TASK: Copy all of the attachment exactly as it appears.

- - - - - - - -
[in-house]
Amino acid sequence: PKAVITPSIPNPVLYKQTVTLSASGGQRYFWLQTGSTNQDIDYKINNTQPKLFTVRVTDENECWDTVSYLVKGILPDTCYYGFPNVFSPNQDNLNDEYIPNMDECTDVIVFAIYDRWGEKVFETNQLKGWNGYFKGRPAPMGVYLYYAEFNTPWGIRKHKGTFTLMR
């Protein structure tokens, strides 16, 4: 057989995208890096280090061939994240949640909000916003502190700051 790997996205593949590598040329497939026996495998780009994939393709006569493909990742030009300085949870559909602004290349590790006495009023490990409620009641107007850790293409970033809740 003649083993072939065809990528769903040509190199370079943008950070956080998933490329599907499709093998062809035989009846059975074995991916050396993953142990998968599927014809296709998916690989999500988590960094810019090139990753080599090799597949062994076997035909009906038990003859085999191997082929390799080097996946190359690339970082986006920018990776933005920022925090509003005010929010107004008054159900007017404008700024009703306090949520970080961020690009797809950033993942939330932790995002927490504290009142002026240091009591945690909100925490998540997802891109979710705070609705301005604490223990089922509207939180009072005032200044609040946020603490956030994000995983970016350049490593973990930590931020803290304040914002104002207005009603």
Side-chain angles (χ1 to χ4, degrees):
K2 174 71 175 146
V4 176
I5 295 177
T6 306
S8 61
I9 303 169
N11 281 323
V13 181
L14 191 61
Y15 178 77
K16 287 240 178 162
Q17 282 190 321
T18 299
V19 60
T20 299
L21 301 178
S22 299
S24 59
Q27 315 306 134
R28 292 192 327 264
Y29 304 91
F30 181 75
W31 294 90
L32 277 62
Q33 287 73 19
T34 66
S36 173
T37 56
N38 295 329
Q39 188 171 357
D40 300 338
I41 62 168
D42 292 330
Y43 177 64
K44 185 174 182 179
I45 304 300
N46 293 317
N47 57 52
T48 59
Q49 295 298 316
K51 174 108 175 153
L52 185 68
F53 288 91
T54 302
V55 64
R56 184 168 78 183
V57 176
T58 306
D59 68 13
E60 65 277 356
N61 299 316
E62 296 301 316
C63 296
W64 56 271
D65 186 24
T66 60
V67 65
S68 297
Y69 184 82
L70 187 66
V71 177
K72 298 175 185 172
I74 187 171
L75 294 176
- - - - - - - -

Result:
[in-house]
Amino acid sequence: PKAVITPSIPNPVLYKQTVTLSASGGQRYFWLQTGSTNQDIDYKINNTQPKLFTVRVTDENECWDTVSYLVKGILPDTCYYGFPNVFSPNQDNLNDEYIPNMDECTDVIVFAIYDRWGEKVFETNQLKGWNGYFKGRPAPMGVYLYYAEFNTPWGIRKHKGTFTLMR
């Protein structure tokens, strides 16, 4: 057989995208890096280090061939994240949640909000916003502190700051 790997996205593949590598040329497939026996495998780009994939393709006569493909990742030009300085949870559909602004290349590790006495009023490990409620009641107007850790293409970033809740 003649083993072939065809990528769903040509190199370079943008950070956080998933490329599907499709093998062809035989009846059975074995991916050396993953142990998968599927014809296709998916690989999500988590960094810019090139990753080599090799597949062994076997035909009906038990003859085999191997082929390799080097996946190359690339970082986006920018990776933005920022925090509003005010929010107004008054159900007017404008700024009703306090949520970080961020690009797809950033993942939330932790995002927490504290009142002026240091009591945690909100925490998540997802891109979710705070609705301005604490223990089922509207939180009072005032200044609040946020603490956030994000995983970016350049490593973990930590931020803290304040914002104002207005009603």
Side-chain angles (χ1 to χ4, degrees):
K2 174 71 175 146
V4 176
I5 295 177
T6 306
S8 61
I9 303 169
N11 281 323
V13 181
L14 191 61
Y15 178 77
K16 287 240 178 162
Q17 282 190 321
T18 299
V19 60
T20 299
L21 301 178
S22 299
S24 59
Q27 315 306 134
R28 292 192 327 264
Y29 304 91
F30 181 75
W31 294 90
L32 277 62
Q33 287 73 19
T34 66
S36 173
T37 56
N38 295 329
Q39 188 171 357
D40 300 338
I41 62 168
D42 292 330
Y43 177 64
K44 185 174 182 179
I45 304 300
N46 293 317
N47 57 52
T48 59
Q49 295 298 316
K51 174 108 175 153
L52 185 68
F53 288 91
T54 302
V55 64
R56 184 168 78 183
V57 176
T58 306
D59 68 13
E60 65 277 356
N61 299 316
E62 296 301 316
C63 296
W64 56 271
D65 186 24
T66 60
V67 65
S68 297
Y69 184 82
L70 187 66
V71 177
K72 298 175 185 172
I74 187 171
L75 294 176